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elf949

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About elf949

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  • Birthday 09/21/1949

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  1. NAICS Code Question

    Velhammer -- yes, the SBA is telling us that unless the SB is certified in SAM under the manufacturing NAICS code for the acquisition, we cannot claim the award in our SB goals. We can buy from them, but they would have to be coded in our system as a "large" business for that procurement. We were told to have our vendors enter as many manufacturing NAICS codes as possible in SAM. We were also told that in our next SBA audit, they will be looking specifically for NAICS codes printed on the RFPs/ITQs and on the POs, and they will be matching them to SAM to ensure that the vendor is indeed certified to that code. If they are not listed in SAM for the NAICS code we are buying, we have to get a separate signed certification from the vendor that they are "small" under the size standards for that NAICS code. It's quite the administrative nightmare right now. And part of the problem is that we are having to do this with ALL of our procurements -- whether $5 or $5,000,000. If we want to claim the SB dollars in our goals, we have to ensure that EVERY solicitation/order to a small business includes the NAICS code and the SB is certified in SAM as meeting the SB size standard for that NAICS code. It's creating a lot of extra paperwork and time that we did not previously have to contend with. Just wondering if any of the other primes out there are having to deal with this and how they are handling it. (Brian: love your reasoning!)
  2. NAICS Code Question

    I found this old thread and felt I should provide an update to it based on my recent experience with a bit of NAICS Code turmoil in the Prime Contractor arena. I work for a NASA prime contractor and we have our Small Business (SB) goals to meet, and we usually do a pretty good job of meeting those goals using small distributors around the country. These SBs supply the parts we need to support the Engineering & Technical services we provide. By procuring from distributors, we can claim the SB dollars associated with those buys. We have recently had to come up with new processes to accommodate changes in policy from our local SBA office. We have been instructed that NAICS codes 423xxx, 424xxx, 425xxx, 44xxxx or 45xxxx can no longer be used to classify our prime contract acquisitions; therefore, our SB vendors must enter actual manufacturing codes for all items they can supply to us. This has resulted in our vendors entering hundreds of NAICS codes in SAM (System for Award Management), because if they are not listed in SAM as a SB for the particular NAICS code of the item we are buying, then we can not claim the procurement dollars against our SB goals. I'm uneasy with telling our SBs to enter manufacturing codes, when they are clearly not manufacturers. Yet that is our new policy. A lot of our normal competition has gone out the window as a result of not being able to find more than one SB listed for the NAICS code of the item being bought. It's extremely time-consuming for the SBs to spend hours on the SAM website entering code after code to their profile -- one of my SBs spent over 5 hours listing over 250 NAICS codes to his profile! Have any of you other prime contractors run into this issue? How did your company work out a resolution? I'd be interested in knowing if any of you are struggling with this.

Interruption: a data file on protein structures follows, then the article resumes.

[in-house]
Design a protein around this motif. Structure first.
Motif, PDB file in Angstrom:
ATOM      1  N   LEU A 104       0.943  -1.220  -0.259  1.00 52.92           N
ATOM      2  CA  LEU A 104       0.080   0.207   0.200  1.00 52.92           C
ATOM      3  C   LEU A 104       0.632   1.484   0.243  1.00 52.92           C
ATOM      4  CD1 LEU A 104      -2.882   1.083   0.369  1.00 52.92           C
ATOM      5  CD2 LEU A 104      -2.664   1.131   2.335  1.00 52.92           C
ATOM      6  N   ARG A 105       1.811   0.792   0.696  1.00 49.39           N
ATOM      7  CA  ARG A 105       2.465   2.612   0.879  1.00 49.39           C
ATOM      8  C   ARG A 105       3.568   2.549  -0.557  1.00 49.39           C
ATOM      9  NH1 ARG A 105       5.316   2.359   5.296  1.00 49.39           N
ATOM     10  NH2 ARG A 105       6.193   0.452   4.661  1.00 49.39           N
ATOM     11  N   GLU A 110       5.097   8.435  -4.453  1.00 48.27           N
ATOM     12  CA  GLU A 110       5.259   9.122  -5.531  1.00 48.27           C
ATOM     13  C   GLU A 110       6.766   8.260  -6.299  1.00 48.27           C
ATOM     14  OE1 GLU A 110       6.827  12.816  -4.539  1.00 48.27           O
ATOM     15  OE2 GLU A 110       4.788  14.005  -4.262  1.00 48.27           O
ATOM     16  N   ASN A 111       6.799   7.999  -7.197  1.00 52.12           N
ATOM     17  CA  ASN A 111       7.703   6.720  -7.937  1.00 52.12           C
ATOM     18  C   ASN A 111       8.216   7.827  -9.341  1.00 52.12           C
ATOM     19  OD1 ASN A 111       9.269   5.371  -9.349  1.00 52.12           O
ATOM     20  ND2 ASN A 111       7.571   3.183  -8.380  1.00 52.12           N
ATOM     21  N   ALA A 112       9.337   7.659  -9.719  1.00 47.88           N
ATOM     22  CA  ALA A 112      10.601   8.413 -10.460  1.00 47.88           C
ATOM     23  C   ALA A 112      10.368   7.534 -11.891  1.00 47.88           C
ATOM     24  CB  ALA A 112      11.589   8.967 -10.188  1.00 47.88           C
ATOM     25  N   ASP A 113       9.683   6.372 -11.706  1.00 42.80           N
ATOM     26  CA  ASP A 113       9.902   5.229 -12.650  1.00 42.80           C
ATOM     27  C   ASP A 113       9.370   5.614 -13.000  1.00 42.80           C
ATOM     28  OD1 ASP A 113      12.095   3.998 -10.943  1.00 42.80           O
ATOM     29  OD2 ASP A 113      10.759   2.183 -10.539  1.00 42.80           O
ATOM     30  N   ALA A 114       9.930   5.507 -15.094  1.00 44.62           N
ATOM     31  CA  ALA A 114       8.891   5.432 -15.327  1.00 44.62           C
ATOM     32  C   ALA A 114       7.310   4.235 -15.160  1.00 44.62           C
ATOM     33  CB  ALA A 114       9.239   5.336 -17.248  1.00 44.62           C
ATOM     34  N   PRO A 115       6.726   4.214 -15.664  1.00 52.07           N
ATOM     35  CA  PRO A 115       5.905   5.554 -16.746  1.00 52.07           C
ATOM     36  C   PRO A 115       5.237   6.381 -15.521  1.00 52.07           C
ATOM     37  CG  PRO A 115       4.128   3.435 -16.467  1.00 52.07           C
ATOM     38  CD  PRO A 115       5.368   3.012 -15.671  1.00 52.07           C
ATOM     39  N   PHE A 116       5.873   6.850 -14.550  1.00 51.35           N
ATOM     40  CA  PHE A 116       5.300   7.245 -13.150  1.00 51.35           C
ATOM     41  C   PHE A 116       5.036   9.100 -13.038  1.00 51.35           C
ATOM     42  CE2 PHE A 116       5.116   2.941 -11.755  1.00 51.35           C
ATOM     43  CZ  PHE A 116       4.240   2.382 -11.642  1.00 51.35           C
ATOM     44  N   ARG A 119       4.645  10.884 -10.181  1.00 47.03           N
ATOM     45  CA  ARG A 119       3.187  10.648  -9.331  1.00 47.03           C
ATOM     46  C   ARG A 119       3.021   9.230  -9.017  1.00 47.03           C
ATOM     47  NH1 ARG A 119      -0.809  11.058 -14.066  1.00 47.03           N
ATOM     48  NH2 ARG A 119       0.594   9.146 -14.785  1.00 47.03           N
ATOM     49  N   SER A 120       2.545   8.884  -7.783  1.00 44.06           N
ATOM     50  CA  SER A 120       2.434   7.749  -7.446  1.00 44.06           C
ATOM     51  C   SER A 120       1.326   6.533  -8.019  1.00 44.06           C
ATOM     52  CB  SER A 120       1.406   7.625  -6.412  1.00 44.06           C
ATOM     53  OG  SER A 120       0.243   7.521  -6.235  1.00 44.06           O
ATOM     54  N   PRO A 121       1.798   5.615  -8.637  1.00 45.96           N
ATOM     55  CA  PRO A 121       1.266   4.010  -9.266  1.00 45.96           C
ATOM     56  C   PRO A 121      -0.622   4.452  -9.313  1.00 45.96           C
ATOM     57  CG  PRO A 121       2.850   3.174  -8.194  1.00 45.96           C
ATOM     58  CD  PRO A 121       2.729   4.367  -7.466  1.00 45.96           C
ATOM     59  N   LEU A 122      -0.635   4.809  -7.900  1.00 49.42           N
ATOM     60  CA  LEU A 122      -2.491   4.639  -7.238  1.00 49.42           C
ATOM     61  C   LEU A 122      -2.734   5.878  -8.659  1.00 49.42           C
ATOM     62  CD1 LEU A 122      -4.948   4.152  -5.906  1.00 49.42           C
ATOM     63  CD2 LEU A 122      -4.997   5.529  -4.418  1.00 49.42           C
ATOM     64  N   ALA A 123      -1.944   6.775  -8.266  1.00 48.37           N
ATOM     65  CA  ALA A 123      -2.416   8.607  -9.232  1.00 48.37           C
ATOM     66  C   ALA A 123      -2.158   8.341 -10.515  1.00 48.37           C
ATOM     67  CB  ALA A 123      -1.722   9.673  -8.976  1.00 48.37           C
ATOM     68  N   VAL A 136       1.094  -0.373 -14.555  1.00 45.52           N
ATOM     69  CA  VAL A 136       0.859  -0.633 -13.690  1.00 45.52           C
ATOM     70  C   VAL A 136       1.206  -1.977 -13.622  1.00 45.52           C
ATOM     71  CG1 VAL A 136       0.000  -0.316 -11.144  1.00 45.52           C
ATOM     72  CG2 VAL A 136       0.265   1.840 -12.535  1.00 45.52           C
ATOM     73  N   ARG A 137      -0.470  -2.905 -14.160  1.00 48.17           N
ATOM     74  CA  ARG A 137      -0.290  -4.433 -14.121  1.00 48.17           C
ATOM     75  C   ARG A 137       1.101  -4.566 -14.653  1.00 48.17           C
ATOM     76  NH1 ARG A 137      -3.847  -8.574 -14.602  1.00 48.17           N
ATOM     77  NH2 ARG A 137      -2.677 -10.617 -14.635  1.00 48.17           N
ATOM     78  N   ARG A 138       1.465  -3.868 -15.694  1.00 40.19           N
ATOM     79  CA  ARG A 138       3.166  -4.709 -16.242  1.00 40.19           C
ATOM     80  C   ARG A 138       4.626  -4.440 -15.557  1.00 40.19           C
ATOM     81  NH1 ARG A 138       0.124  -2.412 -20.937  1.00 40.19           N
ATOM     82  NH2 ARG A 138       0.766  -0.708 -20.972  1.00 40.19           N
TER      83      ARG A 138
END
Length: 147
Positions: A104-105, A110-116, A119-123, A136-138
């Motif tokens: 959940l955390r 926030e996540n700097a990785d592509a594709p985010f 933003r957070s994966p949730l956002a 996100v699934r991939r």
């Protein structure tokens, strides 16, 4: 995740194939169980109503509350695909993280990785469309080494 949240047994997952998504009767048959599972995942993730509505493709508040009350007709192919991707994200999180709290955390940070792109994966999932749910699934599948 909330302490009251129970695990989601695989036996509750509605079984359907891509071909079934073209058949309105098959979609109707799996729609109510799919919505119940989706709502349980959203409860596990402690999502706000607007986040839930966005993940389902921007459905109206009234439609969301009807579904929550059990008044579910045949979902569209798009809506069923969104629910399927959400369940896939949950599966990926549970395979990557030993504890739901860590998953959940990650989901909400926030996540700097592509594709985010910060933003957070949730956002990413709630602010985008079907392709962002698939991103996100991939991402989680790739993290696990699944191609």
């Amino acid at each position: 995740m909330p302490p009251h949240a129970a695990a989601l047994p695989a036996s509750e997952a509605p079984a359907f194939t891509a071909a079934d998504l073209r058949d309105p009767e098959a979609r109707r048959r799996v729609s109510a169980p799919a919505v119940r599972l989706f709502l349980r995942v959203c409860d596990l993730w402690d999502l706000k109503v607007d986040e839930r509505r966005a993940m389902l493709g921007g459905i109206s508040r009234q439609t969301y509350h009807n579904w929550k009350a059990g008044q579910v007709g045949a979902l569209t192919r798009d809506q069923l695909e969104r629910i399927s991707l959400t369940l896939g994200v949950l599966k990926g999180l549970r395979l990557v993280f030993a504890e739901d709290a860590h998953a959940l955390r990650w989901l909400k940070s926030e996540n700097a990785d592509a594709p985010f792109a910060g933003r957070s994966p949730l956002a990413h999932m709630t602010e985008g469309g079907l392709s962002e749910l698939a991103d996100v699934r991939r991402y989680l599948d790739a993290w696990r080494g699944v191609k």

3. Happy Birthday, Bob!

    Happy birthday, Bob!